Interview of Gary Gowrea, our tax expert on “substance requirements”

There has been a number of changes in the international tax legislations, for instance, the G20 countries have endorsed the final Organisation for Economic Cooperation and Development (OECD) recommendations relating to the Base Erosion and Profit Shifting (BEPS) project and the Common Reporting Standard has moved into implementation phase.

The new legislation is in line with the international efforts to counter tax evasion and fraud; it aims at making it more difficult for companies that have legal entities registered in low-tax jurisdictions to take advantage of the favourable rates. These companies must now meet the minimum 'substance requirements' in order to be considered taxable in the host country.

A proper understanding of the minimum substance requirements is key to fully grasping the implications of the changes in international legislation. The Managing Director of Cim Tax Services, Gary Gowrea, shares some insight into the topic.

1. Compliance with substance requirements is laid out in various tax legislation worldwide. Could you tell us what this term means?

There are concerns that have been raised with regard to structures which have been set up as conduit companies for the sole purpose of enjoying tax treaty benefits. These are also known as 'postbox' offices or shell companies. The OECD proposes certain measures to address the issue under Action 6 (Preventing the granting of treaty benefits inappropriate circumstances) of the Base Erosion and Profit Shifting (BEPS) Action Plan as endorsed by the G20.

 From a layman's point of view, substance would relate to the activities that are carried out in a jurisdiction or how the presence of an entity can be substantiated. In Mauritius, a company is deemed to be tax resident if it is incorporated or has its central control and management in the country. The Financial Services Act sets out six mandatory and one optional requirement that must be satisfied to demonstrate that the company is controlled and managed from Mauritius. The most obvious one would be for a company to have an office in the jurisdiction with its employees performing administrative or technical functions that support the activities of the company.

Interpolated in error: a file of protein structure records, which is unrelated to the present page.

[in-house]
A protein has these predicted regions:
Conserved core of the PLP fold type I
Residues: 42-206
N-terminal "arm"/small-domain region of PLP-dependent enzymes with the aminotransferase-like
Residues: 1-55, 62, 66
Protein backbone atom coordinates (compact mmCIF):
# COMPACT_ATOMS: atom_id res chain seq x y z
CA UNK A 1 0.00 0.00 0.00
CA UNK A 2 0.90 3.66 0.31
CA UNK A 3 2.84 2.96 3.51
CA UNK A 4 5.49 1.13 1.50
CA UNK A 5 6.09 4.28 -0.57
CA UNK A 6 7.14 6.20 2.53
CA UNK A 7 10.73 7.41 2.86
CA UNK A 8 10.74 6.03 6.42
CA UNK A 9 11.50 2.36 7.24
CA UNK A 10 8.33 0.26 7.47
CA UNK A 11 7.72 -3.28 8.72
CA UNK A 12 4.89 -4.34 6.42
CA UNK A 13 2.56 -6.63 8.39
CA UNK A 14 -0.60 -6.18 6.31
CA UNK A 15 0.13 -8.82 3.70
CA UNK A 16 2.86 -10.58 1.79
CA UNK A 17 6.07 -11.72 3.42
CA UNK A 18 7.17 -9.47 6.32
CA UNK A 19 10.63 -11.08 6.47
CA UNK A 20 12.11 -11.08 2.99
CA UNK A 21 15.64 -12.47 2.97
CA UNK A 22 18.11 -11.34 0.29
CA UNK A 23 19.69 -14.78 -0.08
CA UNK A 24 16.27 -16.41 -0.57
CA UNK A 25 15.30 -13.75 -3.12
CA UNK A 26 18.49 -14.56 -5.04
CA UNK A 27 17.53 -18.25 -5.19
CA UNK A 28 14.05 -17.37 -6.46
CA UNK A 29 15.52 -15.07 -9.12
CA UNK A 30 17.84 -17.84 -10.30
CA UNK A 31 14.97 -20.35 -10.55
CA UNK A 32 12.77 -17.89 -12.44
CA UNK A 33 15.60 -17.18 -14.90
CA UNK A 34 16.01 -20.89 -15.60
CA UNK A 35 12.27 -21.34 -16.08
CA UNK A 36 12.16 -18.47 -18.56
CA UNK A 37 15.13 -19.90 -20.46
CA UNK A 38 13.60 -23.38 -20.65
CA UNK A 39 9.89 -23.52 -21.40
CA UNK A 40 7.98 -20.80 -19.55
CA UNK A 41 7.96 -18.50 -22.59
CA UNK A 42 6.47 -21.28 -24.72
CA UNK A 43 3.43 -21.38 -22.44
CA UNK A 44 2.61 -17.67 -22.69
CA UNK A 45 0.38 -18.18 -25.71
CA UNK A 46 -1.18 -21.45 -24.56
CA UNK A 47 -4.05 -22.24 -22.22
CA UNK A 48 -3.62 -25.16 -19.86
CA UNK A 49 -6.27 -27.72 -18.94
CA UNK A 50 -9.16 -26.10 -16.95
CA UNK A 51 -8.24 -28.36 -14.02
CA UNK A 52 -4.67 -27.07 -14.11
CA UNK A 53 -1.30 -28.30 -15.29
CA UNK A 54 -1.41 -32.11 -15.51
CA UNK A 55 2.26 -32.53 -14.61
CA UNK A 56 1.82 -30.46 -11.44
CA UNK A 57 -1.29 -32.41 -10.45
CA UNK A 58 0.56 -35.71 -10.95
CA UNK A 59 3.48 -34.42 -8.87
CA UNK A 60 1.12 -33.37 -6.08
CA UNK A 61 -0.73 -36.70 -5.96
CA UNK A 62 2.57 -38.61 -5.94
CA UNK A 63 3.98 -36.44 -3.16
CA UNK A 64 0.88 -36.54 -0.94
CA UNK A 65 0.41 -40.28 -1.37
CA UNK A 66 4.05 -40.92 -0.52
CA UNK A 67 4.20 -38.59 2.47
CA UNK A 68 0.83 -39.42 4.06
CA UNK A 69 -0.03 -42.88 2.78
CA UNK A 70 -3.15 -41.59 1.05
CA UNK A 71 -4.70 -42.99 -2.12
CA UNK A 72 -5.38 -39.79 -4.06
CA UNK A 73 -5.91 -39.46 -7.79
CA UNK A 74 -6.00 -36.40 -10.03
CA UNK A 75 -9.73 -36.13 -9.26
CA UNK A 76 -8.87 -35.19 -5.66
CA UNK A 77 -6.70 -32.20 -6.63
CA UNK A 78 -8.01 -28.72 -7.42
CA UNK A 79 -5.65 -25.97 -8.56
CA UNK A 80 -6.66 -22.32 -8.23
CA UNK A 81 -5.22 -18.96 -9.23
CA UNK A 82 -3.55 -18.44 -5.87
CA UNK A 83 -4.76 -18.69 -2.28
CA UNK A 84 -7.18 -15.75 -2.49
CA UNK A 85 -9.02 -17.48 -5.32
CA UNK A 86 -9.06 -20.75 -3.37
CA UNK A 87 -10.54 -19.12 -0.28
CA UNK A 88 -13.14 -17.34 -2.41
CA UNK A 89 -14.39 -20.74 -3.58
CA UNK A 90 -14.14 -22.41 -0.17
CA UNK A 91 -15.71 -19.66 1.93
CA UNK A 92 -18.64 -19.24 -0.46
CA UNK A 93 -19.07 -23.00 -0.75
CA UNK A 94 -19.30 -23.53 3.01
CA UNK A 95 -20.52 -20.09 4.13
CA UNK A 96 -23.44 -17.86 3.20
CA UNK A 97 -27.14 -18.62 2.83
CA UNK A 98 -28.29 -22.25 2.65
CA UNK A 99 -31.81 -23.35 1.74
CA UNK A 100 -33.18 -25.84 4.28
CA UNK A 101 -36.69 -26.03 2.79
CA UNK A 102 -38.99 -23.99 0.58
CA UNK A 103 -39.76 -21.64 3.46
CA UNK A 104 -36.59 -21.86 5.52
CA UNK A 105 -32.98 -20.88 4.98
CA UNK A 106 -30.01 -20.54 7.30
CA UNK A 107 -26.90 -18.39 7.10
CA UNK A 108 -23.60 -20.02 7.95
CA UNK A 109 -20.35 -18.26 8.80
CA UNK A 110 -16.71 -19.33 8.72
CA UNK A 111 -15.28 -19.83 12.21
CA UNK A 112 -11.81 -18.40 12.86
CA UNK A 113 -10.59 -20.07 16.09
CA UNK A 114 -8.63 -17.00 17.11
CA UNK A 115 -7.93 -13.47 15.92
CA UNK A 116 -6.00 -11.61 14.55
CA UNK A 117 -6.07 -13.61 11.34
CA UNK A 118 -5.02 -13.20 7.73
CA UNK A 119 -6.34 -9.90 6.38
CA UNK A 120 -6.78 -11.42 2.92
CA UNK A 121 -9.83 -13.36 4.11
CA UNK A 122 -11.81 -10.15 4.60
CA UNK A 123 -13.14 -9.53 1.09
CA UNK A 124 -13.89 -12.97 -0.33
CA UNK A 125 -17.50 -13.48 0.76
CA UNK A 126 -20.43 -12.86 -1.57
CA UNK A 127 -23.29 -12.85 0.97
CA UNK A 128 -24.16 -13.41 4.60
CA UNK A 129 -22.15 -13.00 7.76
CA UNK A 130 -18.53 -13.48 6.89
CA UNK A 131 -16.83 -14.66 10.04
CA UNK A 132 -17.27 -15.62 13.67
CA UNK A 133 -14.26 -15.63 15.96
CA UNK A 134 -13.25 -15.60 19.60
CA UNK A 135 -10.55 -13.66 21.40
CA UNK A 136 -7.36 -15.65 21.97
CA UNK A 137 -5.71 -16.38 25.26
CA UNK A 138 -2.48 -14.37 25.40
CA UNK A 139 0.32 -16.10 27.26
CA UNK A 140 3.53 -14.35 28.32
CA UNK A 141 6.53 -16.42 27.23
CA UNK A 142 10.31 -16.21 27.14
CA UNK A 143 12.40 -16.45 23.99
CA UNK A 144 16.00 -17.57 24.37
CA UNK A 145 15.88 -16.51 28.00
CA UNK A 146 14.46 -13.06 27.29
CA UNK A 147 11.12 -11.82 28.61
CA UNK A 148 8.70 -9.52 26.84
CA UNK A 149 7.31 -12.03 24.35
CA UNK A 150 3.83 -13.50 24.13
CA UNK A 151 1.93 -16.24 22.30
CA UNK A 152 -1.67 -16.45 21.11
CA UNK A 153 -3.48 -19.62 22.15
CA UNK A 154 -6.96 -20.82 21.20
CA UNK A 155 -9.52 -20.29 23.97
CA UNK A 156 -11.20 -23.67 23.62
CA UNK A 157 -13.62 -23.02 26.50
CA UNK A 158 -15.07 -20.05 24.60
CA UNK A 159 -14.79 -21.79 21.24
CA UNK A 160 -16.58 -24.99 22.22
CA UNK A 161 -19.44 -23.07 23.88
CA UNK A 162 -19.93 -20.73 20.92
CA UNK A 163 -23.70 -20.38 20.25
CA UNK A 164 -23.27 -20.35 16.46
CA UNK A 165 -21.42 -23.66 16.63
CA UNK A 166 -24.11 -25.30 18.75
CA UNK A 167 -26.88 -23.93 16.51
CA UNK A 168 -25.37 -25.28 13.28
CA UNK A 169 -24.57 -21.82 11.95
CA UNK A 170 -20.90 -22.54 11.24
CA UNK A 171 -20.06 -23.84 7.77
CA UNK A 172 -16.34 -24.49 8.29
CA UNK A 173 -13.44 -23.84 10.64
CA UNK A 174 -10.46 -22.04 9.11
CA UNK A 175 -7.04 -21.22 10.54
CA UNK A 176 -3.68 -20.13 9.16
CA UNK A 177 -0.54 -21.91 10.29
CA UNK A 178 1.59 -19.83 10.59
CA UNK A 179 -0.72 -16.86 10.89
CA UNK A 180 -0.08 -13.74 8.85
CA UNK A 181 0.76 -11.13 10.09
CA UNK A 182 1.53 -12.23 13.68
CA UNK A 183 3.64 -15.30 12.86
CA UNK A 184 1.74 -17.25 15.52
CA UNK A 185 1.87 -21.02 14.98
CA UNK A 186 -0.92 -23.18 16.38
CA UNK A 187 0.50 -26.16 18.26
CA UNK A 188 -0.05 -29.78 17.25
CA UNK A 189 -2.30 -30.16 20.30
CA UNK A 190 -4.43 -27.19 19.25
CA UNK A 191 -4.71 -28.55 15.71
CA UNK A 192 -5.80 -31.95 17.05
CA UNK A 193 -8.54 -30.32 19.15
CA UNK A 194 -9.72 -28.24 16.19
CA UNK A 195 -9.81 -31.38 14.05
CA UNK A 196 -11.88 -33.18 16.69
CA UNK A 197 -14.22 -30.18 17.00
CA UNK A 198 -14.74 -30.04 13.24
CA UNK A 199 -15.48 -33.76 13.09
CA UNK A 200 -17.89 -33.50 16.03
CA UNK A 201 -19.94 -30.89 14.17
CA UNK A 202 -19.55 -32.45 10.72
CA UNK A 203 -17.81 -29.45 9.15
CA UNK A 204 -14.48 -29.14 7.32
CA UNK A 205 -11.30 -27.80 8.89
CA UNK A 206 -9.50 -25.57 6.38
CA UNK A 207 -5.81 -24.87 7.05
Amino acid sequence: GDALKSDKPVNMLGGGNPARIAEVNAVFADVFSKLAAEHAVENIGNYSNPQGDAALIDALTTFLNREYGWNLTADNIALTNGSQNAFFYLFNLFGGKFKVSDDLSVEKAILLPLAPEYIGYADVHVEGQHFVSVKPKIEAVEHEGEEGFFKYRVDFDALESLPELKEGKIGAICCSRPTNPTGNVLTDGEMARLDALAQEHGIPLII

It should be noted that from a tax perspective, substance is a moving goal post; the more you have the better it is. It takes more than merely prescribing a specific set of rules to ensure adequate substance. Interview of Gary Gowrea on “substance requirements”

The OECD seeks to address the issue form an international perspective by requiring the inclusion in all treaties of principal purpose and limitation on benefits (LOB) tests demonstrating the tax residency of companies to be eligible to tax treaty benefits. This in itself is a mammoth task, which can have an impact on 3,500 tax treaties in place.

2. Will the changes to international tax legislation put an end to the practice of companies having subsidiaries in low-tax jurisdiction?


It should be recalled that many companies use intermediary jurisdictions for a whole range of commercial reasons and not only for tax purposes. For instance, a company will invest in Africa through Mauritius due to its proximity to the countries on the continent, the absence of foreign exchange control, its investment promotion and protection agreements, its rule of law with an independent judiciary and the Privy Council in the UK as ultimate court of appeal, to name a few reasons.

Thus if a company is engaged in substantive business operations in Mauritius with activities such as procurement, marketing, sales, treasury functions, etc., it would be hard to say that it does not have bona fide commercial operations. Personally, I think that 'postbox' companies are set to disappear.

3. How can we help our clients meet the substance requirements if such is not already the case?

Cim as a group is well-positioned to assist our clients. Cim Property has a stock of office space to offer with a suite of services such as IT support and conference rooms for board meetings. Cim Forex can assist in foreign currency transactions. For example, if a shareholder has sent US dollars and wants to invest in India, we can convert his dollars into Indian rupees at a favourable rate. For staff recruitment and payroll management as well as other associated HR matters, our Human Resources Department team could extend their assistance. Our asset management company can help in fund management as well as investment acquisitions in the local market or placing excess cash in high-yield products.

Over the years, our in-house legal team has also developed expertise in drafting constitutive documents as well as preparing the particulars for listing on the Stock Exchange of Mauritius, and the list goes on and on.